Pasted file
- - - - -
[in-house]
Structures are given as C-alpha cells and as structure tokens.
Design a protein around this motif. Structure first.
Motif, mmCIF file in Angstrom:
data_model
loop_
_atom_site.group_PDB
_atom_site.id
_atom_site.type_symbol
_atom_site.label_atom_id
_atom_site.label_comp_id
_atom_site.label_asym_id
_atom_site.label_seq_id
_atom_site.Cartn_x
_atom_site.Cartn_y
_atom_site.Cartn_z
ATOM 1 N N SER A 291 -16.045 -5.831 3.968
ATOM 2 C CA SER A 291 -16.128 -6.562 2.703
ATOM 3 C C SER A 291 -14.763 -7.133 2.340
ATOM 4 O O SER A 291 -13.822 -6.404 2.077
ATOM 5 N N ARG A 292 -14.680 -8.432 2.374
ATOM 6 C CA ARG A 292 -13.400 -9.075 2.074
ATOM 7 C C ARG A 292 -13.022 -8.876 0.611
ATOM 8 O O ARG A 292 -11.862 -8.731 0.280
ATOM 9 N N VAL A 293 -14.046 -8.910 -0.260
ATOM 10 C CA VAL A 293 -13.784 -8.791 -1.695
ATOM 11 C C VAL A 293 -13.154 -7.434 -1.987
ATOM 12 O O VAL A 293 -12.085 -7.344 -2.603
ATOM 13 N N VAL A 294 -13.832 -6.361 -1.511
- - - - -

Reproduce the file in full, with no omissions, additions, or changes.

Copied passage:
[in-house]
Structures are given as C-alpha cells and as structure tokens.
Design a protein around this motif. Structure first.
Motif, mmCIF file in Angstrom:
data_model
loop_
_atom_site.group_PDB
_atom_site.id
_atom_site.type_symbol
_atom_site.label_atom_id
_atom_site.label_comp_id
_atom_site.label_asym_id
_atom_site.label_seq_id
_atom_site.Cartn_x
_atom_site.Cartn_y
_atom_site.Cartn_z
ATOM 1 N N SER A 291 -16.045 -5.831 3.968
ATOM 2 C CA SER A 291 -16.128 -6.562 2.703
ATOM 3 C C SER A 291 -14.763 -7.133 2.340
ATOM 4 O O SER A 291 -13.822 -6.404 2.077
ATOM 5 N N ARG A 292 -14.680 -8.432 2.374
ATOM 6 C CA ARG A 292 -13.400 -9.075 2.074
ATOM 7 C C ARG A 292 -13.022 -8.876 0.611
ATOM 8 O O ARG A 292 -11.862 -8.731 0.280
ATOM 9 N N VAL A 293 -14.046 -8.910 -0.260
ATOM 10 C CA VAL A 293 -13.784 -8.791 -1.695
ATOM 11 C C VAL A 293 -13.154 -7.434 -1.987
ATOM 12 O O VAL A 293 -12.085 -7.344 -2.603
ATOM 13 N N VAL A 294 -13.832 -6.361 -1.511